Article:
Often, children struggle with self-regulation. They have yet to develop the skills to regulate their emotions, solve the problems that lay before them and properly speak about the things that they want and need. Certain situations can also trigger bad behaviours. Most of the readers are probably thinking about the dreaded “T” word – Tantrums. These behaviours are done to achieve something, test boundaries or communicate how the child is feeling. How the parent reacts will determine whether tantrums (or any other behaviour) continue or fade out.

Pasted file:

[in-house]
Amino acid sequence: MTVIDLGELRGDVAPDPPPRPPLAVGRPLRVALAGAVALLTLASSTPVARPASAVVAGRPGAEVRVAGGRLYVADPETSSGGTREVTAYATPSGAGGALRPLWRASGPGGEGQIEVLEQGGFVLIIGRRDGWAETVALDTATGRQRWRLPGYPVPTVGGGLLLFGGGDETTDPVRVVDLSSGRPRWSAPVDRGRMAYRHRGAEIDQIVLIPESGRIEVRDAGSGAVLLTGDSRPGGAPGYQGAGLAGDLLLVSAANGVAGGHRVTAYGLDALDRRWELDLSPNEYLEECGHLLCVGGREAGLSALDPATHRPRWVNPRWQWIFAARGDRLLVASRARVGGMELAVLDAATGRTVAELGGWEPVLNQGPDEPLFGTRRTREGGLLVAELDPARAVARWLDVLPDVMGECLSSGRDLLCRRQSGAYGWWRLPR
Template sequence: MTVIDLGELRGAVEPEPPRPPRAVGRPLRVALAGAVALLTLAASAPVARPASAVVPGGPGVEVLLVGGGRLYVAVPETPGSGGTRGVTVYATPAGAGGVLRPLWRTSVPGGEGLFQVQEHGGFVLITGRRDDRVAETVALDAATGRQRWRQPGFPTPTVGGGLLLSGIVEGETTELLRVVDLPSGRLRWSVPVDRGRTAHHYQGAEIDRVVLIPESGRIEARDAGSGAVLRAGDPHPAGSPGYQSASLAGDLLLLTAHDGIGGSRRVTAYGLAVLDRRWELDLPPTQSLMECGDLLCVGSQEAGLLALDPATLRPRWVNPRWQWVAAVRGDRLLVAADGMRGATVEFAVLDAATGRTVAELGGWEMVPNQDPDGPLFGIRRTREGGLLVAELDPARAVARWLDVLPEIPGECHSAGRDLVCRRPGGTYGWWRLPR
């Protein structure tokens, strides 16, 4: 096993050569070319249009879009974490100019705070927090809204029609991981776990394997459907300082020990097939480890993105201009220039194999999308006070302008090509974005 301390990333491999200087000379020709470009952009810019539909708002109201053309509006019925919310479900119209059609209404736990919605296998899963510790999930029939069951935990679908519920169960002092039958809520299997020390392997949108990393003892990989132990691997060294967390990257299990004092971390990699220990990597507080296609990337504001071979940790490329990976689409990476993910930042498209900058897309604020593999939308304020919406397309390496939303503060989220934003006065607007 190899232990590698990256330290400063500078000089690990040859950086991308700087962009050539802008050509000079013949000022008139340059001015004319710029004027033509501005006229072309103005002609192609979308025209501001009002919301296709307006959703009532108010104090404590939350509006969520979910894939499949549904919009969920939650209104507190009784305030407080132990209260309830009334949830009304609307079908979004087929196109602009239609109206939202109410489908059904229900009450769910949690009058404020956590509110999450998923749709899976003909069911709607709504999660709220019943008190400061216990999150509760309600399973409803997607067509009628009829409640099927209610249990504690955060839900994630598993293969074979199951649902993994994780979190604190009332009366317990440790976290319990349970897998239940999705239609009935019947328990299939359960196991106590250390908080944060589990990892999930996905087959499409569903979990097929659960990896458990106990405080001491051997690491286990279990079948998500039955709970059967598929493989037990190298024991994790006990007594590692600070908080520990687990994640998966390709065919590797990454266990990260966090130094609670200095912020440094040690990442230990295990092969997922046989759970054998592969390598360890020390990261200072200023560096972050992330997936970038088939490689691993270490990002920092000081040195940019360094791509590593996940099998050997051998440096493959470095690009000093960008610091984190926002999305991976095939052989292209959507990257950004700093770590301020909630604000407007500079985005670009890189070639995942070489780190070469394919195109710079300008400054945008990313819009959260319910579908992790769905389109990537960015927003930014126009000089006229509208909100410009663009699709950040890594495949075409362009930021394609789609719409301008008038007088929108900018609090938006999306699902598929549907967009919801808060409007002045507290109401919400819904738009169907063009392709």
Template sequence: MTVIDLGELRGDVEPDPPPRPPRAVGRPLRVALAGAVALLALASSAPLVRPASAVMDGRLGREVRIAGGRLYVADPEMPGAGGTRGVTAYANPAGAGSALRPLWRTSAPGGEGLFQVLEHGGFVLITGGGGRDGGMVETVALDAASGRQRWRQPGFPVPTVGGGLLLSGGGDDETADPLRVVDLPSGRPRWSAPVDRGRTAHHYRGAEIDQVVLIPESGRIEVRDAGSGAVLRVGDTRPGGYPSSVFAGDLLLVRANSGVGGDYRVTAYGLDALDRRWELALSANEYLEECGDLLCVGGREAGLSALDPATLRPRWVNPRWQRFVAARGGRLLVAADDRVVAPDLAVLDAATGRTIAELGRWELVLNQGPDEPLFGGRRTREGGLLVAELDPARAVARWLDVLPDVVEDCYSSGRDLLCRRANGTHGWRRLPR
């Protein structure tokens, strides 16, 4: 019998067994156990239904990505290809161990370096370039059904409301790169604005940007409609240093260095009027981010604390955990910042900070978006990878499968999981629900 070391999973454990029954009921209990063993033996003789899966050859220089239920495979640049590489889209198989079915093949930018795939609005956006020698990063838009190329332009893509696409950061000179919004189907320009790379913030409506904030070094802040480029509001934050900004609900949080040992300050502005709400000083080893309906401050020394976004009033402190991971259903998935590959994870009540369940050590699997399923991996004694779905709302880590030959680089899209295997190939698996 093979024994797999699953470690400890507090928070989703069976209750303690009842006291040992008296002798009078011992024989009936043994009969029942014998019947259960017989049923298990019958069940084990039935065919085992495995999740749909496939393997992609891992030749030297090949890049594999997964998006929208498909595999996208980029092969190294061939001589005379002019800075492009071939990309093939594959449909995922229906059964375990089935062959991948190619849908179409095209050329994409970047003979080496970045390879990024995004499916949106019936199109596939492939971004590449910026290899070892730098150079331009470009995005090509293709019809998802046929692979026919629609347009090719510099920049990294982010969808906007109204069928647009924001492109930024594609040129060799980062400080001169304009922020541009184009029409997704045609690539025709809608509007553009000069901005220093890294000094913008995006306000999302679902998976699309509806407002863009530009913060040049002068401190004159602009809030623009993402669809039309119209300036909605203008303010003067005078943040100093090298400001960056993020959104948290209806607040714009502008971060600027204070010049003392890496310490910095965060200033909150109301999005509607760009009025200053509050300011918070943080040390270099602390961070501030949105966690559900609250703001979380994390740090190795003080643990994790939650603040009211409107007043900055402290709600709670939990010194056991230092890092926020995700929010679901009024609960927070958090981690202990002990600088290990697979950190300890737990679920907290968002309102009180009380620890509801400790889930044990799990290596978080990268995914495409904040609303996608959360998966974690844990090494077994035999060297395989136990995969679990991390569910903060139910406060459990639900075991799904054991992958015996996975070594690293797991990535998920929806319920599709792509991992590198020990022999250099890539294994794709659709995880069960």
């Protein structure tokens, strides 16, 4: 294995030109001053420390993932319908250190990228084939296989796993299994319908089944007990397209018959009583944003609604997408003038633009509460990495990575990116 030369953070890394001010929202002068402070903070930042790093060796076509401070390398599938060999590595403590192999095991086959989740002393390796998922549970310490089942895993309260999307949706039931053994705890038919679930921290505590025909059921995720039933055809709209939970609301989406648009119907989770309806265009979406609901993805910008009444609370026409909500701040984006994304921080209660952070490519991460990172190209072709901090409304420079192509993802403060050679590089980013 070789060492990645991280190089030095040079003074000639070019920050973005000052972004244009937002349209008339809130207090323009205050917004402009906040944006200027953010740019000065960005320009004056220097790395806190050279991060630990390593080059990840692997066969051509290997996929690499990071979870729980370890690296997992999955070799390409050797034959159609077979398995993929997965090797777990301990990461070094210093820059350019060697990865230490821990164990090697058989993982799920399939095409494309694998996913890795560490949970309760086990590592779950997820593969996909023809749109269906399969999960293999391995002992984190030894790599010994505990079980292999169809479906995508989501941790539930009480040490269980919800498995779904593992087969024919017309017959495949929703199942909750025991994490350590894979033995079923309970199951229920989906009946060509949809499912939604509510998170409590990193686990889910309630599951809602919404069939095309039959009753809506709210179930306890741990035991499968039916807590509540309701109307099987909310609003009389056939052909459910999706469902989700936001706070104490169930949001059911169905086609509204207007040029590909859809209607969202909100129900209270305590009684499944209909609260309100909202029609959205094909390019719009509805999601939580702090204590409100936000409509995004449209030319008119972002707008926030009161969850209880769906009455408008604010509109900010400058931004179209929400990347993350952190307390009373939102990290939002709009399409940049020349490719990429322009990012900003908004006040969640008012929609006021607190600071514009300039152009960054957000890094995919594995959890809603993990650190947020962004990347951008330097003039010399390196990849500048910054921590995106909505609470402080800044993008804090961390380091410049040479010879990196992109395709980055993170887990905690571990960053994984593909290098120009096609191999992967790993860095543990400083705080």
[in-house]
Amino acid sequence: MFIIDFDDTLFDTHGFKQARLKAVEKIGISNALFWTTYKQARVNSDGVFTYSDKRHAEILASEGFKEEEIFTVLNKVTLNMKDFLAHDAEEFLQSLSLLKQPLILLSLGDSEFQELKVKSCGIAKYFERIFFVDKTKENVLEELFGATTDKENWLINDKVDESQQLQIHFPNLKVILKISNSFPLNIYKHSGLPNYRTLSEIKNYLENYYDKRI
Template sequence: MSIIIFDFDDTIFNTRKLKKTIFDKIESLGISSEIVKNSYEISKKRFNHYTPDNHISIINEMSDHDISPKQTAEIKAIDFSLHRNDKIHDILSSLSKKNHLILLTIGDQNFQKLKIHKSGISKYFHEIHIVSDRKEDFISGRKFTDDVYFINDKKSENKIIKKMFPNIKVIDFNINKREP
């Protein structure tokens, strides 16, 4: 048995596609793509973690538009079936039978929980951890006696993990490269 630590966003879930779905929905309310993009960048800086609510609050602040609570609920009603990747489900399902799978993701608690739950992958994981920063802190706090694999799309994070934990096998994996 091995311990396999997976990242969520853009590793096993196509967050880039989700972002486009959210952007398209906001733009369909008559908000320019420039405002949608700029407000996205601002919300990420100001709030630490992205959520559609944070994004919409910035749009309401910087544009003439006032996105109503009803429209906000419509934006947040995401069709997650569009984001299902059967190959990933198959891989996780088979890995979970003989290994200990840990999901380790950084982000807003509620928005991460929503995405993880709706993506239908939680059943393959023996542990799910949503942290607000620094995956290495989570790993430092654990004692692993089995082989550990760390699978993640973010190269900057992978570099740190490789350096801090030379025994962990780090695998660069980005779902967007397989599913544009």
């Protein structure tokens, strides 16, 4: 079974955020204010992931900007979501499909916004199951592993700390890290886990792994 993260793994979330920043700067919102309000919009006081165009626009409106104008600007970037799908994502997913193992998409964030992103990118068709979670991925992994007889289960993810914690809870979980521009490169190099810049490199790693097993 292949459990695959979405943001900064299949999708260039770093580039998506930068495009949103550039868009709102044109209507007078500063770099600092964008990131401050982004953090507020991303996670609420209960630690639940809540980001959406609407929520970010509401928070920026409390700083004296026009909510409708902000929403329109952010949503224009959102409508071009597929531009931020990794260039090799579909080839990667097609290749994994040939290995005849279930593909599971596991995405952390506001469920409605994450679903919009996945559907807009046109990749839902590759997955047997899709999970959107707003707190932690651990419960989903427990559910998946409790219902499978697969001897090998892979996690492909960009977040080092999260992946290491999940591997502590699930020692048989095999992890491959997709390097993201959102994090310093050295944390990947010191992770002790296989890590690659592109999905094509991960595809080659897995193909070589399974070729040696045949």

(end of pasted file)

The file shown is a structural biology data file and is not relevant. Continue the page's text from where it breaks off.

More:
In the age of the internet, parents are informed of a variety of ways they can handle tantrums and other negative behaviours. However, these different voices leave parents confused or can leave them with too many options, resulting in the child becoming confused. Instead, the best thing parents can do is set up clear, fair boundaries. When a child tries to test these boundaries, ensure that a just response is delivered and that the same response is given every time the child tries to test that same boundary. For example, children often refuse to eat their vegetables. A fair response would be to either provide an incentive for eating the vegetables (like dessert or an extra 30 minutes with the iPad) or to take away a desirable thing (like getting served only one bite of dessert or 30 minutes less with the iPad). Once you make a promise in response to a behaviour, you must follow through with it. Inconsistent reinforcement can lead to worse behaviours or cause children to mistrust their parents.